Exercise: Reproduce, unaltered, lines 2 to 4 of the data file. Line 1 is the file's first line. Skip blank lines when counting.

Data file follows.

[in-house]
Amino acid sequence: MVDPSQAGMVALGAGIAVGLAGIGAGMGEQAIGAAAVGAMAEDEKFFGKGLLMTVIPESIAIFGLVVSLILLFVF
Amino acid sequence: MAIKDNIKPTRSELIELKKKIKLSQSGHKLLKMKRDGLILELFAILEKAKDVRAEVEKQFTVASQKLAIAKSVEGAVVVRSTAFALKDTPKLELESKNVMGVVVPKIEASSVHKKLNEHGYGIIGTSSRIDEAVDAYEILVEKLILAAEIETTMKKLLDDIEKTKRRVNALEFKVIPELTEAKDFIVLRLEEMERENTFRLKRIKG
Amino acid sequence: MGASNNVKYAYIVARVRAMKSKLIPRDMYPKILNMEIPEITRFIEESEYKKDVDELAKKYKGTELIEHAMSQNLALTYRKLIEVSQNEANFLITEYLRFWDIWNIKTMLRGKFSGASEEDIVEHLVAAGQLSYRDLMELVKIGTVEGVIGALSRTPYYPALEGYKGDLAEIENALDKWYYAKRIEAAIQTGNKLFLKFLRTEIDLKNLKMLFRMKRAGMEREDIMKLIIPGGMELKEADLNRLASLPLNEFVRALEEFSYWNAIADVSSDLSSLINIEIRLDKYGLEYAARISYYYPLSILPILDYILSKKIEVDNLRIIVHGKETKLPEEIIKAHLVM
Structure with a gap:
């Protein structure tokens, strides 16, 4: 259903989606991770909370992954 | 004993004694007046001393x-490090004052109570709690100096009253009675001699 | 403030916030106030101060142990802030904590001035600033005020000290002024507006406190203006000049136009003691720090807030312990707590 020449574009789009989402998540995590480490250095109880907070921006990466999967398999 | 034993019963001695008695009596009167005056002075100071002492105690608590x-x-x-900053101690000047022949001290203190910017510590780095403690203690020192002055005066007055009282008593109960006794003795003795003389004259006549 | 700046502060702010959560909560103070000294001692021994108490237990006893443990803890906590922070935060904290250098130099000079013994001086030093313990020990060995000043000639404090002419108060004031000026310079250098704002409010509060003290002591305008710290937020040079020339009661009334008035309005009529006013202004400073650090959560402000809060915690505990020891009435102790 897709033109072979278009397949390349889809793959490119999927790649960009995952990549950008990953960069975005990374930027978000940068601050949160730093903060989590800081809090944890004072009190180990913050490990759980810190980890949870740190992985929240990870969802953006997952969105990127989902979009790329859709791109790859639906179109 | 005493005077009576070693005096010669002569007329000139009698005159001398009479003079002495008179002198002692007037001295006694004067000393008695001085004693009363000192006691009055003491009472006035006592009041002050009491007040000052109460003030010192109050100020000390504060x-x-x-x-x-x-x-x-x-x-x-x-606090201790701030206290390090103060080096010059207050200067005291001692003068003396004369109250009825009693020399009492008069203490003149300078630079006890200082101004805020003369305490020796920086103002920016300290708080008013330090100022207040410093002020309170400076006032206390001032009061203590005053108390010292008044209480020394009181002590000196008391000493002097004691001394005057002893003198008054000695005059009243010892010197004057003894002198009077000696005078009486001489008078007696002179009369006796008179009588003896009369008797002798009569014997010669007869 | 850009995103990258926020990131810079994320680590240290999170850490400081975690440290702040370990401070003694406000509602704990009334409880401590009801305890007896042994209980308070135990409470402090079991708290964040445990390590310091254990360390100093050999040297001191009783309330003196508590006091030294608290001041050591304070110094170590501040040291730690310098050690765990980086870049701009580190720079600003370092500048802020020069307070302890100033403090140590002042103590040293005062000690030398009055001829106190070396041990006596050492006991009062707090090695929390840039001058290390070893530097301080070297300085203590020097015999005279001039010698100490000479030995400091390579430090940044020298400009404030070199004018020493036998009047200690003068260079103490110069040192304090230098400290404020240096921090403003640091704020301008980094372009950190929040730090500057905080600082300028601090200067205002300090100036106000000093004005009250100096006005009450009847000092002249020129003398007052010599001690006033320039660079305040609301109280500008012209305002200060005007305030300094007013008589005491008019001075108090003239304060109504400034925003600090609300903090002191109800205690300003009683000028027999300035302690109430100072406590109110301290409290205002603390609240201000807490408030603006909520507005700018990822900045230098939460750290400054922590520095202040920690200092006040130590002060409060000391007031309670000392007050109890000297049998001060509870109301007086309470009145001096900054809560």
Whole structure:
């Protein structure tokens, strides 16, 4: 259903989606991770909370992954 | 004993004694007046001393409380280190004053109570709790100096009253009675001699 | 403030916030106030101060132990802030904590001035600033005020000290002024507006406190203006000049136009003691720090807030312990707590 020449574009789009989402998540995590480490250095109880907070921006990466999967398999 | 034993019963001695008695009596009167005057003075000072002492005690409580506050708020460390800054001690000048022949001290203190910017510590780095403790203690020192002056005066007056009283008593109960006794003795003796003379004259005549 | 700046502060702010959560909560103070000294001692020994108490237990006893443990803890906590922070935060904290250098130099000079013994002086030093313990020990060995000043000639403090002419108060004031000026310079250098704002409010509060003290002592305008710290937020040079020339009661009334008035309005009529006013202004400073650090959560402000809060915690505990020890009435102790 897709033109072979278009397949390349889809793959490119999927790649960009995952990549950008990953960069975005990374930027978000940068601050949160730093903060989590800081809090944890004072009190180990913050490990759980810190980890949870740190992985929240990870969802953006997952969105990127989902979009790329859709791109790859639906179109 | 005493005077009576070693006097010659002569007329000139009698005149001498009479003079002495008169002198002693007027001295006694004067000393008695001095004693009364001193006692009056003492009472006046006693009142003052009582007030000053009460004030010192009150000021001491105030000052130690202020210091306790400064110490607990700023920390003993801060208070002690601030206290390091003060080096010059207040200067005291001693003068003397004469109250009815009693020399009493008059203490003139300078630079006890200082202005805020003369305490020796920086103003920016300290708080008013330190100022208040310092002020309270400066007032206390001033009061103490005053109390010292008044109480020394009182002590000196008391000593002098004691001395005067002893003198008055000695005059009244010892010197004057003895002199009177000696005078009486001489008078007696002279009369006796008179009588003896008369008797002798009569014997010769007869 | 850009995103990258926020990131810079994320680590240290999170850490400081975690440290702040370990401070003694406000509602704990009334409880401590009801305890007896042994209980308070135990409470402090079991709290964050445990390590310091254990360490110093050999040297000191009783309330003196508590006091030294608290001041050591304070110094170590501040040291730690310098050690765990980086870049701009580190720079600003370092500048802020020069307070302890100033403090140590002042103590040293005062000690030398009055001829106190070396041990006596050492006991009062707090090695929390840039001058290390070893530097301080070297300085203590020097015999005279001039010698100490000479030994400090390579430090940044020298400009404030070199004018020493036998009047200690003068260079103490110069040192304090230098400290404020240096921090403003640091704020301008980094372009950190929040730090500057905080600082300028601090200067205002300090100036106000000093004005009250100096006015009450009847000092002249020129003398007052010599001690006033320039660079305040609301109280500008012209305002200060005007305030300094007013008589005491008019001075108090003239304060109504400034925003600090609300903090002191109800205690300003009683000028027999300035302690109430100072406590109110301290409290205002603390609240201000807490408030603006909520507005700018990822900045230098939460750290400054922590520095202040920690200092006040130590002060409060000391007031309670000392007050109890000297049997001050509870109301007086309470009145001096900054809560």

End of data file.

Amino acid sequence: MVDPSQAGMVALGAGIAVGLAGIGAGMGEQAIGAAAVGAMAEDEKFFGKGLLMTVIPESIAIFGLVVSLILLFVF
Amino acid sequence: MAIKDNIKPTRSELIELKKKIKLSQSGHKLLKMKRDGLILELFAILEKAKDVRAEVEKQFTVASQKLAIAKSVEGAVVVRSTAFALKDTPKLELESKNVMGVVVPKIEASSVHKKLNEHGYGIIGTSSRIDEAVDAYEILVEKLILAAEIETTMKKLLDDIEKTKRRVNALEFKVIPELTEAKDFIVLRLEEMERENTFRLKRIKG
Amino acid sequence: MGASNNVKYAYIVARVRAMKSKLIPRDMYPKILNMEIPEITRFIEESEYKKDVDELAKKYKGTELIEHAMSQNLALTYRKLIEVSQNEANFLITEYLRFWDIWNIKTMLRGKFSGASEEDIVEHLVAAGQLSYRDLMELVKIGTVEGVIGALSRTPYYPALEGYKGDLAEIENALDKWYYAKRIEAAIQTGNKLFLKFLRTEIDLKNLKMLFRMKRAGMEREDIMKLIIPGGMELKEADLNRLASLPLNEFVRALEEFSYWNAIADVSSDLSSLINIEIRLDKYGLEYAARISYYYPLSILPILDYILSKKIEVDNLRIIVHGKETKLPEEIIKAHLVM